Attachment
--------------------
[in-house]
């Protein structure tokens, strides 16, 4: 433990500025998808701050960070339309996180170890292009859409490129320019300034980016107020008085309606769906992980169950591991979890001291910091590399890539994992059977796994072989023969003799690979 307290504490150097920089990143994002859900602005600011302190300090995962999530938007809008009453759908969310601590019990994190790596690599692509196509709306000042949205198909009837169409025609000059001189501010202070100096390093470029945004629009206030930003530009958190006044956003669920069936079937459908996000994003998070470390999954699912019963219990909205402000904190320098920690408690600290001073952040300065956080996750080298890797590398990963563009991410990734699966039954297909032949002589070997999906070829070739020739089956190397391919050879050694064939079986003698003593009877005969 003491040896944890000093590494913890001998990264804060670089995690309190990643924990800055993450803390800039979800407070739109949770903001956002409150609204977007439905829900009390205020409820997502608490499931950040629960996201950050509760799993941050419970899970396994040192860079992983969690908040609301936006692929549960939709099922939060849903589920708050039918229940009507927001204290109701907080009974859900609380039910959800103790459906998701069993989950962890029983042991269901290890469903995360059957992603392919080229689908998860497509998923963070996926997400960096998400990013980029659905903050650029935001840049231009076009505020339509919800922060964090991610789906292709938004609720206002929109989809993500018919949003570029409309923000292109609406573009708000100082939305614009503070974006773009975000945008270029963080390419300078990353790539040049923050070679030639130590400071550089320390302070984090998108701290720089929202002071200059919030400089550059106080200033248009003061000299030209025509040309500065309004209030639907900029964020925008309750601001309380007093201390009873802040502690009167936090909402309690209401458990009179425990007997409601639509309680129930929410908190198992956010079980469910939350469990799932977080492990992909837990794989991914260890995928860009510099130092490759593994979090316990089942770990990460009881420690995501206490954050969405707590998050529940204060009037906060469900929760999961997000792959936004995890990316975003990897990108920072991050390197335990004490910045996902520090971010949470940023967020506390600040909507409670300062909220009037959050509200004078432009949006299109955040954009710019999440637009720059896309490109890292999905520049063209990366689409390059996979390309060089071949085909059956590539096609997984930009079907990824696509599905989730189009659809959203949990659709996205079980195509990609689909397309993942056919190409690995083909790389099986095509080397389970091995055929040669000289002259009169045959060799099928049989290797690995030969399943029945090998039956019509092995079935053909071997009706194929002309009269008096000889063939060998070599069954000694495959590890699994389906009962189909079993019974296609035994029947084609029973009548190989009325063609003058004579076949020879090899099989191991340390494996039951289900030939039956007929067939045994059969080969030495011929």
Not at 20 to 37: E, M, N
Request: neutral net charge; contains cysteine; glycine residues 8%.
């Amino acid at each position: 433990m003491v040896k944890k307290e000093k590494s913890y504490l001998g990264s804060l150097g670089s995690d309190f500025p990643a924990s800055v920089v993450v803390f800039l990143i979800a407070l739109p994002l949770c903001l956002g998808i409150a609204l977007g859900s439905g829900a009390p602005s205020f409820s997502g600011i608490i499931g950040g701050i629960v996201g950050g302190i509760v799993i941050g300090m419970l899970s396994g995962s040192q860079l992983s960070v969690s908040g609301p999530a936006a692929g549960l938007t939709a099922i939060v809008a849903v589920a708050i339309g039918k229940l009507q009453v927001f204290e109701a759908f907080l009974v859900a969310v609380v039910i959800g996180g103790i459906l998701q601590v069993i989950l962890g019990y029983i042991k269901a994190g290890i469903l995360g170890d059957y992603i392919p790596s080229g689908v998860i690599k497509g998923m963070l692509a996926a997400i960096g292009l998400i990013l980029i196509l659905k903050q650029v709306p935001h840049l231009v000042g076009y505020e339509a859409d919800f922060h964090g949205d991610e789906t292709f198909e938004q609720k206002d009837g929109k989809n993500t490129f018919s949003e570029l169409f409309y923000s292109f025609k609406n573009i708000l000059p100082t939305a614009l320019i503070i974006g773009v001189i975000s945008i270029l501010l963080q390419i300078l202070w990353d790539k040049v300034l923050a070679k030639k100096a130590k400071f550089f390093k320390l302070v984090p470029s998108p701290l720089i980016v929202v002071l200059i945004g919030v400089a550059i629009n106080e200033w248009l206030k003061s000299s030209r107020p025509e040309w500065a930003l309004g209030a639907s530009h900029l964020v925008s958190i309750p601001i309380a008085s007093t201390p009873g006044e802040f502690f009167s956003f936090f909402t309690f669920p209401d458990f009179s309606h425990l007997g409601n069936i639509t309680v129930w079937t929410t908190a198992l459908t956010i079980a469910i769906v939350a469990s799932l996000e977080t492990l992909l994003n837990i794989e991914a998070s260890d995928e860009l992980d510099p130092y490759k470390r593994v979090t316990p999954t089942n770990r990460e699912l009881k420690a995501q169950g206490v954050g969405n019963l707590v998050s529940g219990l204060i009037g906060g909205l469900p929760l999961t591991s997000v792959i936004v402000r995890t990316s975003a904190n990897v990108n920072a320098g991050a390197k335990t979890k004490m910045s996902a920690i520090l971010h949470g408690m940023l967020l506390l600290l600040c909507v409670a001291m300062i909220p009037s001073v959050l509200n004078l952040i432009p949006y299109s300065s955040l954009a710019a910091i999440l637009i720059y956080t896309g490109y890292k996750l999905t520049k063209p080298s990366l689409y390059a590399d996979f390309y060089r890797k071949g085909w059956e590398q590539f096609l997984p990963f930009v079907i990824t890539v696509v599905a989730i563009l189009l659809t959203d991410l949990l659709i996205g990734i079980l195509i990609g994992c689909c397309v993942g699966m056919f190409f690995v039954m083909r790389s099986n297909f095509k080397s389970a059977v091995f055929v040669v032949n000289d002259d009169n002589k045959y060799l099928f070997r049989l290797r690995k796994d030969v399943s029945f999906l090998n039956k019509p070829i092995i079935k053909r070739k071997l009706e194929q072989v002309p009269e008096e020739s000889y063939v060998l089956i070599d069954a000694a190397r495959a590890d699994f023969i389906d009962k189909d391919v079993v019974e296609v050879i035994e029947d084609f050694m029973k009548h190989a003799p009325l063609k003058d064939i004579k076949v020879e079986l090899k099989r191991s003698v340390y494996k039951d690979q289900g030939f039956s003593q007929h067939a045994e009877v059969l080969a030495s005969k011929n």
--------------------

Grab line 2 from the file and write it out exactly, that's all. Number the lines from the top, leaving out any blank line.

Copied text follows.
């Protein structure tokens, strides 16, 4: 433990500025998808701050960070339309996180170890292009859409490129320019300034980016107020008085309606769906992980169950591991979890001291910091590399890539994992059977796994072989023969003799690979 307290504490150097920089990143994002859900602005600011302190300090995962999530938007809008009453759908969310601590019990994190790596690599692509196509709306000042949205198909009837169409025609000059001189501010202070100096390093470029945004629009206030930003530009958190006044956003669920069936079937459908996000994003998070470390999954699912019963219990909205402000904190320098920690408690600290001073952040300065956080996750080298890797590398990963563009991410990734699966039954297909032949002589070997999906070829070739020739089956190397391919050879050694064939079986003698003593009877005969 003491040896944890000093590494913890001998990264804060670089995690309190990643924990800055993450803390800039979800407070739109949770903001956002409150609204977007439905829900009390205020409820997502608490499931950040629960996201950050509760799993941050419970899970396994040192860079992983969690908040609301936006692929549960939709099922939060849903589920708050039918229940009507927001204290109701907080009974859900609380039910959800103790459906998701069993989950962890029983042991269901290890469903995360059957992603392919080229689908998860497509998923963070996926997400960096998400990013980029659905903050650029935001840049231009076009505020339509919800922060964090991610789906292709938004609720206002929109989809993500018919949003570029409309923000292109609406573009708000100082939305614009503070974006773009975000945008270029963080390419300078990353790539040049923050070679030639130590400071550089320390302070984090998108701290720089929202002071200059919030400089550059106080200033248009003061000299030209025509040309500065309004209030639907900029964020925008309750601001309380007093201390009873802040502690009167936090909402309690209401458990009179425990007997409601639509309680129930929410908190198992956010079980469910939350469990799932977080492990992909837990794989991914260890995928860009510099130092490759593994979090316990089942770990990460009881420690995501206490954050969405707590998050529940204060009037906060469900929760999961997000792959936004995890990316975003990897990108920072991050390197335990004490910045996902520090971010949470940023967020506390600040909507409670300062909220009037959050509200004078432009949006299109955040954009710019999440637009720059896309490109890292999905520049063209990366689409390059996979390309060089071949085909059956590539096609997984930009079907990824696509599905989730189009659809959203949990659709996205079980195509990609689909397309993942056919190409690995083909790389099986095509080397389970091995055929040669000289002259009169045959060799099928049989290797690995030969399943029945090998039956019509092995079935053909071997009706194929002309009269008096000889063939060998070599069954000694495959590890699994389906009962189909079993019974296609035994029947084609029973009548190989009325063609003058004579076949020879090899099989191991340390494996039951289900030939039956007929067939045994059969080969030495011929």